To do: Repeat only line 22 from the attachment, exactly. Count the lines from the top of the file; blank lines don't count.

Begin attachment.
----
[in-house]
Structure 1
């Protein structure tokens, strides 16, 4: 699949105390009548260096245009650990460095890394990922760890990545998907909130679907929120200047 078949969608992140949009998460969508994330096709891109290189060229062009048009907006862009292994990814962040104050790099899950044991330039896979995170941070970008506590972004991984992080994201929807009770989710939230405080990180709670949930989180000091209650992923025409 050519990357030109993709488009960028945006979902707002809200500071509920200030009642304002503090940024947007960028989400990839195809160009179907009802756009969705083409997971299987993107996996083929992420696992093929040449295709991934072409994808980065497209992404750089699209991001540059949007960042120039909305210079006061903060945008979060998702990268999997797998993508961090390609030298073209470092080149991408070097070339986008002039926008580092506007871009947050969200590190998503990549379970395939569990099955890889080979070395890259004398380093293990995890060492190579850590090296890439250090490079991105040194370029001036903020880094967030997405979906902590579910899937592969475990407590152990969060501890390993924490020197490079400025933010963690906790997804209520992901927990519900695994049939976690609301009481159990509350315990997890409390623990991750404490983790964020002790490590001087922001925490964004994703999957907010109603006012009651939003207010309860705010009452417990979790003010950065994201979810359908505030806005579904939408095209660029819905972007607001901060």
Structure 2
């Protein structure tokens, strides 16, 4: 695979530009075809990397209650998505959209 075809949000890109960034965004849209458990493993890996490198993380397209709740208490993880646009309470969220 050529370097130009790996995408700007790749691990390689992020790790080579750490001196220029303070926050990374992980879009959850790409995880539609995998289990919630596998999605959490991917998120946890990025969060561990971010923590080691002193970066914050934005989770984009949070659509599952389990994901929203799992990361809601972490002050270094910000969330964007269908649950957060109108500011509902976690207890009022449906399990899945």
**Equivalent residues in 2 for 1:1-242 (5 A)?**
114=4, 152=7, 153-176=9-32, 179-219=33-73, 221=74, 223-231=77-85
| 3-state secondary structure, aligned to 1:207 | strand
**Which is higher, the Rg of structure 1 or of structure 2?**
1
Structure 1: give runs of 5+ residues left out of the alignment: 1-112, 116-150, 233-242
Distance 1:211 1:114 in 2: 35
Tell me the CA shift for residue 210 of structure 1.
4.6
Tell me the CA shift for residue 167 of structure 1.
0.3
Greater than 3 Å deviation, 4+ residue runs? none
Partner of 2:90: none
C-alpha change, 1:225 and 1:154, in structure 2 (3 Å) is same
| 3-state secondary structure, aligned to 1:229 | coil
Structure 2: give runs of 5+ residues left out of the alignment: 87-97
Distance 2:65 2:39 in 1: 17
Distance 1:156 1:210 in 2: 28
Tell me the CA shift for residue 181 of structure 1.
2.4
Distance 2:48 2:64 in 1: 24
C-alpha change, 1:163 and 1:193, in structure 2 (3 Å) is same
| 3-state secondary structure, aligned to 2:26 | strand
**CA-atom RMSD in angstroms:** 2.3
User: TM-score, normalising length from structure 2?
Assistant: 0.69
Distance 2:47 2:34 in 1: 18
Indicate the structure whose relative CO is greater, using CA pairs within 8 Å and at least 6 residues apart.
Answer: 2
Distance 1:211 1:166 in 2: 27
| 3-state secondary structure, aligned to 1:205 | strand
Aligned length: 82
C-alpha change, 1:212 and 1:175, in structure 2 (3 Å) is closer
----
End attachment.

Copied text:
Distance 2:65 2:39 in 1: 17